In a second interview on 3/3/20 at 3:00 p.m., the Clinical Manager said she could not find written guidelines for screening and testing donors. The Clinical Manager provided a two-page consent form with a revised date of 10/19. The Clinical Manager explained after the FDA safety communication, the hospital changed the consent form to inform the patients receiving the FMT procedure of the risk of MDRO infection from the procedure. The Clinical Manager said the guideline for the screening and testing of the donor stool was "hearsay from the physicians". The Clinical Manager verified she had never seen any written guidelines for testing and screening donors before or after the FDA safety communication.

In an interview on 3/3/20 at 3:10 p.m., Pharmacist Staff D said he had assisted the physicians starting to perform the procedure at the hospital in creating guidelines sometime in 2012. The Pharmacist said he was not aware the procedure was still being done at the hospital. The Pharmacist said he would have to contact the physicians who had performed the procedures to obtain the screening and testing for the 4 patients who underwent the procedure (Patient #2, Patient #4, Patient #5 and Patient #6)..

In a second interview on 3/4/20 at 9:00 a.m., the Pharmacist said he was able to find the testing completed on Patient #6. He was not able to find any screening or testing for the other three donors. He provided a copy of "Fecal Microbial Transplantation Protocol" and said the protocol had been updated in 2014. He verified there was no listing of tests to be performed on the stool prior to being used for FMT.

Clinical record review revealed:
Patient #1's procedure was done on 4/19/19.
Patient #2's procedure was completed on 5/20/19.
Patient #3's procedure was completed on 6/27/19.
Patient #4's procedure was completed on 7/3/19.
Patient #5's procedure was completed on 11/26/19.
Patient #7's procedure was completed on 12/6/19.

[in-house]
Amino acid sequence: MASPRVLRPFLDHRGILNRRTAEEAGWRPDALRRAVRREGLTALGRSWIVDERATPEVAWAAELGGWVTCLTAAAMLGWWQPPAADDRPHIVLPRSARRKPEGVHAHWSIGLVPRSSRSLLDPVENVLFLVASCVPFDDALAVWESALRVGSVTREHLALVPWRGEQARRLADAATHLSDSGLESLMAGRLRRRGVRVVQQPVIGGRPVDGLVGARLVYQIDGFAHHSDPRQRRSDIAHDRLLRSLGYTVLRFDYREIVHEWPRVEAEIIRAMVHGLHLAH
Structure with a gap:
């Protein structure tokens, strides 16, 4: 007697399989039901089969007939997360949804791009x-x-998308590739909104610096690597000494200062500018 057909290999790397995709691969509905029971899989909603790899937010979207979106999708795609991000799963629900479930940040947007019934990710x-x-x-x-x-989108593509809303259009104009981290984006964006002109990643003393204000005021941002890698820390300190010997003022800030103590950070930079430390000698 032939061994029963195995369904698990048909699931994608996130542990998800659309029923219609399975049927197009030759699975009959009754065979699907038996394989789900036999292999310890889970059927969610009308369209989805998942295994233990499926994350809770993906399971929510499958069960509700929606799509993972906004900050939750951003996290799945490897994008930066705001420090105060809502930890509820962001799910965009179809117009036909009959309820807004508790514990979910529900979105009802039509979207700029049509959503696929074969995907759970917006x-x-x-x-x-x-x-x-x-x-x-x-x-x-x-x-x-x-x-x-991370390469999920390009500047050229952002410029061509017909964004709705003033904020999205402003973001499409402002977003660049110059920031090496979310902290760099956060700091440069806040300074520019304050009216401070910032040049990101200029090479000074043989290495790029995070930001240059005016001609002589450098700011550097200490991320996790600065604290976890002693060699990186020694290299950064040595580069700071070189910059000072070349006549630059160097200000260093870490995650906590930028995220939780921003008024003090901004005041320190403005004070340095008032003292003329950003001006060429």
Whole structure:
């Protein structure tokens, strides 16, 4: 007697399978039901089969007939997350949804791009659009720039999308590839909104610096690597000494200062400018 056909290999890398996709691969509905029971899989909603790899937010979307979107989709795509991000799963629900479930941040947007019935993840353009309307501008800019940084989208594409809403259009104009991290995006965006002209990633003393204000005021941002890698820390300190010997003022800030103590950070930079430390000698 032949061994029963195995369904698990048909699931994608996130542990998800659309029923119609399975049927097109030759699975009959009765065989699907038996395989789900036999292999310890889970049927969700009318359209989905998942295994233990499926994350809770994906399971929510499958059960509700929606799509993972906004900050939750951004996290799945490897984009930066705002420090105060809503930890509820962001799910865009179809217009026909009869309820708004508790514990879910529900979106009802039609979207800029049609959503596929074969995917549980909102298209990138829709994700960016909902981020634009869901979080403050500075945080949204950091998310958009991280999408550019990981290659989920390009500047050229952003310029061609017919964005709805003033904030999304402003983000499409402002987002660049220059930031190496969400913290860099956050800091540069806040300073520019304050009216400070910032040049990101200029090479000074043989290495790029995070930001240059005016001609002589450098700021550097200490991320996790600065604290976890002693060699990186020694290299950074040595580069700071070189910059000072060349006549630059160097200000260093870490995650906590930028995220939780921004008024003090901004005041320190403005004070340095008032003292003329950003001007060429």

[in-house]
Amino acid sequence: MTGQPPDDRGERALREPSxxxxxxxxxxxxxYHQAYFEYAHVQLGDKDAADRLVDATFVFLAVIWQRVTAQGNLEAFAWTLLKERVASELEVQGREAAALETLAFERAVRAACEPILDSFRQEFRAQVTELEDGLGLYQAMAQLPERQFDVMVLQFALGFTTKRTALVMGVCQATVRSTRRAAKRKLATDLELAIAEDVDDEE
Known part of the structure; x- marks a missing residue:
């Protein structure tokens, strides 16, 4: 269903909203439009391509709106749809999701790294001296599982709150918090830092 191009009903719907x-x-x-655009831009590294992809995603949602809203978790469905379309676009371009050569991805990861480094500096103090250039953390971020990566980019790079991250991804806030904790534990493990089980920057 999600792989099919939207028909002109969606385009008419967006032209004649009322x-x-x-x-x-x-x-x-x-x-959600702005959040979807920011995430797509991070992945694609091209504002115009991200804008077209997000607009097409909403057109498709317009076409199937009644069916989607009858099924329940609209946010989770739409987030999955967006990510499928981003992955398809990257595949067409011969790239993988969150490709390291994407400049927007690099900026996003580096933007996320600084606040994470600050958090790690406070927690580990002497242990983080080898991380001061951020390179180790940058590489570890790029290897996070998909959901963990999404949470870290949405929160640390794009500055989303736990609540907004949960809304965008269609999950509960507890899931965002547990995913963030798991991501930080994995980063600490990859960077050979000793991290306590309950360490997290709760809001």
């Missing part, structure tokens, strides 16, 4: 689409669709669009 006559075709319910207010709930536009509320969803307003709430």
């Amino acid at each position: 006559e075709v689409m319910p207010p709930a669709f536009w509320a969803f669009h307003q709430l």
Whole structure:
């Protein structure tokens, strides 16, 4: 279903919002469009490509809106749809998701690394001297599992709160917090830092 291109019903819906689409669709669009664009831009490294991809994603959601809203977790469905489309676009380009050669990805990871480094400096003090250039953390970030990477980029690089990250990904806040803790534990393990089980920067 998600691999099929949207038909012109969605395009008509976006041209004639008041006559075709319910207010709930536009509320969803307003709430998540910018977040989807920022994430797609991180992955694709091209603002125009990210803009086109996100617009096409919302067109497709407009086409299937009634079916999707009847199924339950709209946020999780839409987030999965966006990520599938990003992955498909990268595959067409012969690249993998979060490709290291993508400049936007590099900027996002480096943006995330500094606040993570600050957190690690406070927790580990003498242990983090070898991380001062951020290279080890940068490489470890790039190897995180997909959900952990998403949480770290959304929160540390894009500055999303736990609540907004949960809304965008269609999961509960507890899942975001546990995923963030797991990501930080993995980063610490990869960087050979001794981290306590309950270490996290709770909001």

Patient #8's had two procedures; one was completed on 2/3/20 the other was done on 2/10/20. Patient #9's procedure was completed on 2/11/20.
Patient #10's procedure was completed on 3/13/19.

In an interview on 3/4/20 at 10:20 a.m., the Clinical Manager said she was not aware if the Infection Control Committee or the Infection Control Prevention Manager was made aware of the procedure before or after the FDA regulations for testing MDRO's on donors came out in June 2019.

In an interview on 3/4/20 at 10:30 a.m., the Infection Control (IC) Manager verified she was the person in charge of the Infection Control Committee in the hospital. The IC Manager said she was never informed of the FMT procedures being performed in endoscopy. The IC Manager and the Pharmacist both verified at that time, the FDA regulations for testing MDRO's and the potential for infection of patients receiving the procedure was never brought before the Infection Control Committee. The IC Manager verified there should be infection control policies at the hospital for ensuring donors are screened and the fecal material was properly tested prior to patients having the procedure. The IC Manager said physicians were not currently required to report if patients develop infections or have side effects from the procedure. The IC Manager said there should be policies in place at the hospital for "targeted" surveillance of the patients once the procedure was performed.

In an interview on 3/4/20 at 1:30 p.m., the Pharmacist said he could not find or provide any documentation of the screening or testing of the donor's for Patients #1, #2, #3, #8, #9, or #10.